Seven cases of illegal nature destruction have not been properly challenged by the European Commission – the body responsible for enforcing EU nature protection rules.

A new study from the European Environmental Bureau (EEB), Birdlife Europe, Friends of the Earth Europe, and WWF has laid out how cases of violations are regularly delayed, neglected or undermined as a result of inaction from the European Commission.

The violations include plans for destructive river dredging on the Doñana wetlands in southern Spain, grassland deterioration as a result of intensive farming in Germany, and the threat of further hydropower development in Romania. Turtle nesting in Cyprus is also under threat from tourism development, and breeding habitats for meadow birds are not being preserved in the Netherlands.

Only the recent prosecution of the Polish government over illegal deforestation in Białowieża stands out as an exception.

On 17 April the EU Court of Justice ruled that Poland broke EU nature protection rules by increasing the number of logging licences granted for Białowieża forest, a UNESCO World Heritage Site which is part of the EU’s ‘Natura 2000’ network of protected sites where nature-damaging activities are restricted. The case was brought to the EU Court of Justice by the European Commission when it called on the EU court to slap a hefty fine on the Polish government following its refusal to respect an emergency ban on logging in Bialowieza that was issued by the EU court in July 2017.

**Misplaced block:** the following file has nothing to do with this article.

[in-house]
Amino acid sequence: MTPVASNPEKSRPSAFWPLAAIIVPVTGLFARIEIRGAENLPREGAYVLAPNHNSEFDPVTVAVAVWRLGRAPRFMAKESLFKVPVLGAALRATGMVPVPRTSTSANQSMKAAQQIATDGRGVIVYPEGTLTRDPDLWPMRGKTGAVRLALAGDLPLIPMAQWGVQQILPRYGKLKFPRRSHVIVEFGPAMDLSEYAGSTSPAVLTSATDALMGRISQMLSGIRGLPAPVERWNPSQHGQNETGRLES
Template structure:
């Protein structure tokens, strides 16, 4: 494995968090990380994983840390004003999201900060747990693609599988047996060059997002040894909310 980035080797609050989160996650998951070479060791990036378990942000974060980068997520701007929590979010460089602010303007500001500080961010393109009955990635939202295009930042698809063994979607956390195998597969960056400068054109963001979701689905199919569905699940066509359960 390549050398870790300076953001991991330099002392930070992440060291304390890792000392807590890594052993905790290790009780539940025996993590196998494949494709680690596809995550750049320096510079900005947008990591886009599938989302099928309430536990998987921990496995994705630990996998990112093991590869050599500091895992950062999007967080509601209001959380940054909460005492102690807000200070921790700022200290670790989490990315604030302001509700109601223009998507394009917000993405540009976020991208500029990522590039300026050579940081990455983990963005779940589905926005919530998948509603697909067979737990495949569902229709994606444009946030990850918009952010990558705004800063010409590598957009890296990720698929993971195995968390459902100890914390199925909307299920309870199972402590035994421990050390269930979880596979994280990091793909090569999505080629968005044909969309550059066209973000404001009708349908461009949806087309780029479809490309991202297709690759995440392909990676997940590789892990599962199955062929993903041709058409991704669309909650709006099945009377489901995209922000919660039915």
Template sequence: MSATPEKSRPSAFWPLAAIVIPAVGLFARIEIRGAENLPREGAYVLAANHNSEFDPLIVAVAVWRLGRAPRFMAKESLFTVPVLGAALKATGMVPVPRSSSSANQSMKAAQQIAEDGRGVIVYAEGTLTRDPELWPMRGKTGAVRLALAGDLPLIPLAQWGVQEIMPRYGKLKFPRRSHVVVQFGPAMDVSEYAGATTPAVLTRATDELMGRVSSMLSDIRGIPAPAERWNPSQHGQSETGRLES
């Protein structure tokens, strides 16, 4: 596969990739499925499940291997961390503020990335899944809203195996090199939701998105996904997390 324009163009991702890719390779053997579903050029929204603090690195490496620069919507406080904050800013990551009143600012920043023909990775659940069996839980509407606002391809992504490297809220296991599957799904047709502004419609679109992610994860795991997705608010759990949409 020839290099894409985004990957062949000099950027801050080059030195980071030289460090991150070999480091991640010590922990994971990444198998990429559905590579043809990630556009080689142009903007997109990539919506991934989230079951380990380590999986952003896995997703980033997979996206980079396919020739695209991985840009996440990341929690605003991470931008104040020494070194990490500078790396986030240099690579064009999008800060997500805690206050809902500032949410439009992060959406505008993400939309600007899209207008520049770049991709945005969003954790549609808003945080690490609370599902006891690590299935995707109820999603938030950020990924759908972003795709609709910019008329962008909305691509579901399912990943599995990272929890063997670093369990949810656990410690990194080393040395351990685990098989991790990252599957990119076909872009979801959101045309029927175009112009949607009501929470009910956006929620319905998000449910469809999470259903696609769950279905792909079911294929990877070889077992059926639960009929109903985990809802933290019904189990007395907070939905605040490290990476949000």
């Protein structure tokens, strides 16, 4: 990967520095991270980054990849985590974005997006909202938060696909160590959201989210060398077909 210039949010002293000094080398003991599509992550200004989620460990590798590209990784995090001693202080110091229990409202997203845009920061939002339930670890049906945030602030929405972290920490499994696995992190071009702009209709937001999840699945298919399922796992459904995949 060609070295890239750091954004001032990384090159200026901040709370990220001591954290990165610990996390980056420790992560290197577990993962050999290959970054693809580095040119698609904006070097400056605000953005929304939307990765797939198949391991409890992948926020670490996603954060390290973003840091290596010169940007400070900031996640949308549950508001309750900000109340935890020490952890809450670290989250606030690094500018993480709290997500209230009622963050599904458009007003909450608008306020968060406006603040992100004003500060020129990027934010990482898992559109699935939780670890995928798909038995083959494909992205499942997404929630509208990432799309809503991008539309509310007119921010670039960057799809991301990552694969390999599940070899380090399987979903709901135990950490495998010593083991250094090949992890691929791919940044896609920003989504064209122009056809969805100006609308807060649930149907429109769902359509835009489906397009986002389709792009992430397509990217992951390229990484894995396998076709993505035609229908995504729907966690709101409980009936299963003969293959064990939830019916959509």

Sergiy Moroz, Senior Policy Officer from the European Environmental Bureau (EEB) said:

“When protected nature is in trouble – whether from illegal logging, damaging projects, or intensive agriculture – the European Commission is often nature’s last line of defence. With many EU governments systematically failing to apply EU nature laws, the European Commission must act as a reliable back-stop and take prompt infringement action to conserve Europe’s precious natural habitats.”

Exactly one year ago the Commission published its ‘Action Plan’ to better protect nature, following a huge public #NatureAlert campaign to save EU nature laws.

But questions remain surrounding how proactive the Commission is when it comes to challenging illegal destruction.

Ariel Brunner, Senior Head of Policy for BirdLife Europe & Central Asia said:

“In public, the European Commission stresses the importance of the role the rule of law plays as a fundamental value of the EU. But when it comes to enforcing the environmental acquis, there is a clear lack of action. That not only concerns prominent cases like ‘Dieselgate’, but many other cases relating to the non-implementation of EU’s Nature Directives. Here the European Commission is gambling with the future of Europe, contributing to the citizens lack of trust in the institutions.”